Native yeast Gal4 has been reported to be a poor activator of transcription in zebrafish, at least for transient transgenesis (Koester and Fraser, 2001; Ogura et al., 2009), although direct testing of stable transgenic lines carrying Gal4 has been limited (Scheer and Campos-Ortega, 1999; Scheer et al., 2002). To increase expression driven by Gal4, the transcriptional activation domain of herpes simplex virus VP16 is commonly used to replace Gal4′s transcriptional activation domain (Gal4-VP16413-470, abbreviated hereafter as Gal4-VP16) (Koester and Fraser, 2001). To compare the activity of native Gal4 with Gal4-VP16, we injected Tg(UAS:GFP) embryos with a plasmid expressing either isl2b:Gal4 or isl2b:Gal4-VP16. At 72 hours postfertilization (hpf), we counted the total number of GFP-positive cells in the retinal ganglion cell (RGC) layer in the rostral–dorsal quadrant of the eye. Gal4 activated transcription in half as many RGCs as Gal4-VP16 (12 vs. 24, P = 0.011, two-tailed t-test, n = 13 embryos; see Methods) in these transient assays. When we compared expression on a cell-by-cell basis in Gal4 vs. Gal4-VP16 expressing embryos, we observed no difference in GFP levels. In stable lines of Tg(otpb.A:Gal4) compared with Tg(otpb.A:Gal4-VP16), crossed to Tg(UAS:GFP), fluorescence (pixel intensity) was 143 vs. 149 (P = 0.6, SEM 9.2 and 7.2, respectively; >35 cells/genotype; 6 embryos/genotype).
We next proceeded to compare levels of expression from stable UAS transgenic lines when driven by Gal4 vs. Gal4-VP16, using an enhancer from the otpb gene, otpb.A (Fujimoto et al., 2011) to drive Gal4 or Gal4-VP16. We found that stable transgenic lines expressing either Gal4 or Gal4-VP16 drove strong CNS expression when crossed to a UAS: GFP transgenic line, visualized live or following immunohistochemistry (Fig. 2A,B,D,E). Both Gal4 and Gal4-VP16 drove higher levels of expression from UAS:GFP than seen when driving GFP directly (otpb.A:GFP) (Fig. 2C,F), as expected from the amplification of the Gal4/UAS system (Koester and Fraser, 2001). We determined that both Gal4 lines used in this study (Tg(otpb.A:Gal4) and Tg(isl2b.3:Gal4) are single transgene insertions, so that Gal4 expression was not dependent on having multiple copies of Gal4. Thus, native Gal4 is a satisfactory alternative to Gal4-VP16.
Furthermore, we found that the Tg(otpb.A:Gal4-VP16) transgenic line had expression in tissues not noted either in the original transgenic enhancer line Tg(otpb.A:GFP) or in the Tg(otpb.A:Gal4) line (Fig. 2C,F). This expression included tissues in which the otpb gene is not detectably expressed, such as the eye and eye muscles (Del Giacco et al., 2006; Ryu et al., 2007). The transgenic line Tg(otpb.A:Gal4-VP16413-470)zc57 we used for experiments was the most specific found from screening of three stable transgenic lines. There are several possible explanations for this broadened expression in other tissues (Fig. 2A,D). For example, the otpb.A:Gal4-VP16 transgene might be expressing ectopically due to a position effect. Or, Gal4-VP16 might be such a strong transcriptional activator that even low levels of expression in a tissue at any time could activate expression from UAS transgenes. We favor this latter explanation because we noted similar patterns in all three otpb.A:Gal4-VP16 transgenic lines, arguing against a position effect.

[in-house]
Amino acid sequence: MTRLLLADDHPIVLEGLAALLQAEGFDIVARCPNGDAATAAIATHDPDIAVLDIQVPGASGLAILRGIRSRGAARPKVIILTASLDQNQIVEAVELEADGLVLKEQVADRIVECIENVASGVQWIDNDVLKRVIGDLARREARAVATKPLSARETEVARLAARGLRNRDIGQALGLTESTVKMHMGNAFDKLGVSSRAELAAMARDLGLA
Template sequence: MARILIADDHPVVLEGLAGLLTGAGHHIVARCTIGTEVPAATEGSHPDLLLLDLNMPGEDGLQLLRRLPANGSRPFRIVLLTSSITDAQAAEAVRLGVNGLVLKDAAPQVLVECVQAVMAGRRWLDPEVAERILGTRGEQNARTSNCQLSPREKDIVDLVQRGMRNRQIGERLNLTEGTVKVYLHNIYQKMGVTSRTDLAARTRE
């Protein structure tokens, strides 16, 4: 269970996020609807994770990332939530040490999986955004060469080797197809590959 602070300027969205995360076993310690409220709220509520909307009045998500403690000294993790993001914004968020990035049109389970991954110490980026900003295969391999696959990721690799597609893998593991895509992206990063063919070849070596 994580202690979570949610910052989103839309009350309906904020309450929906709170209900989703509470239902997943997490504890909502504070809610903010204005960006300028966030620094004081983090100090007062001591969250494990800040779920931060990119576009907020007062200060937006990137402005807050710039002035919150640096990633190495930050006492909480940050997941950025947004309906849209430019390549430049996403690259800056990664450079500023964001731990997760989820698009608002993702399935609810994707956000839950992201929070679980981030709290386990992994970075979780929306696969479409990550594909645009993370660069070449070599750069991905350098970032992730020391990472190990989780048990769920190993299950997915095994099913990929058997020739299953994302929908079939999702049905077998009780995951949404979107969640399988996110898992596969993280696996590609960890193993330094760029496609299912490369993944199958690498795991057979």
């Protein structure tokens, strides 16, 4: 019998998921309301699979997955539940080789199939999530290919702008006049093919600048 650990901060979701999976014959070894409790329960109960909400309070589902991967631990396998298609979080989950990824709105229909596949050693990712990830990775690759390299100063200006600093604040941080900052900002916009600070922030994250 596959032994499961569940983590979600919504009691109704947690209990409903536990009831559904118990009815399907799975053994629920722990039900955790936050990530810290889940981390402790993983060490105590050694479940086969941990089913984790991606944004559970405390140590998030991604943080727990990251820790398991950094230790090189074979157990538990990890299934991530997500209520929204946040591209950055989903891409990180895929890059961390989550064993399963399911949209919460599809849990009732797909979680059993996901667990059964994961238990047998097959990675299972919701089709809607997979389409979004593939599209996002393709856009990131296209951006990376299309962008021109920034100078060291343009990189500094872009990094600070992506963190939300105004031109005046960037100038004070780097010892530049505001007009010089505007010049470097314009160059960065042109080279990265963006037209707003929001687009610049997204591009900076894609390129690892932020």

To test the ability of Gal80 to inhibit Gal4 in zebrafish, we used the pan-neuronal-expressing line Tg(elavl3:Gal80). Gal80 acts by binding Gal4′s transcriptional activation domain, preventing recruitment of transcriptional machinery (Lohr et al., 1995; Lue et al., 1987). In Gal4-VP16, the most commonly used form of Gal4 in zebrafish (Kwan et al., 2007; Scott et al., 2007; Asakawa et al., 2008), the yeast Gal4 transcriptional activation domain has been replaced by that of VP16 (Koester and Fraser, 2001). Indeed, we found that Gal80 is unable to inhibit Gal4-VP16 driven expression (Fig. 2I). However, Gal80 is able to partially or entirely inhibit native Gal4-dependent expression (Fig. 2G,H). The degree of inhibition appeared to depend on the levels of Gal80 expression from different transgene alleles; the insets in Figure 2G,H shows in situ expression of Gal80, with weaker Gal80 expression correlated to less inhibition.
An important consideration for use of Gal80 is the dynamics of its inhibition of Gal4-dependent expression. To determine this, we used a stable transgenic line expressing Gal80 under the control of the inducible heat-shock promoter, Tg(hsp70l:Gal80)zc17, and crossed it to a line carrying Tg(otpb.A:Gal4)zc67; Tg(UAS:GFP). Following heat-shock at 48 hpf, we found inhibition of Gal4-dependent expression within 2.5 hr, which lasted up to 24 hr before the return of Gal4-dependent GFP expression (Fig. 3). Because we used only a short duration heat-shock, there was a mosaic pattern of repression. The intensity of GFP fluorescence diminished rapidly in the presence of Gal80 expression (Fig. 3A–A″″), possibly because of the two- to three-fold proliferation of these otpb-expressing diencephalic cells (Ryu et al., 2007; Russek-Blum et al., 2008), and subsequent dilution of GFP.
Spatial and Temporal Regulation
Our results confirmed that Gal4 can drive transgene expression in zebrafish at sufficient levels to be experimentally useful, and that we could inhibit this transactivation using pan-neuronally expressed Gal80.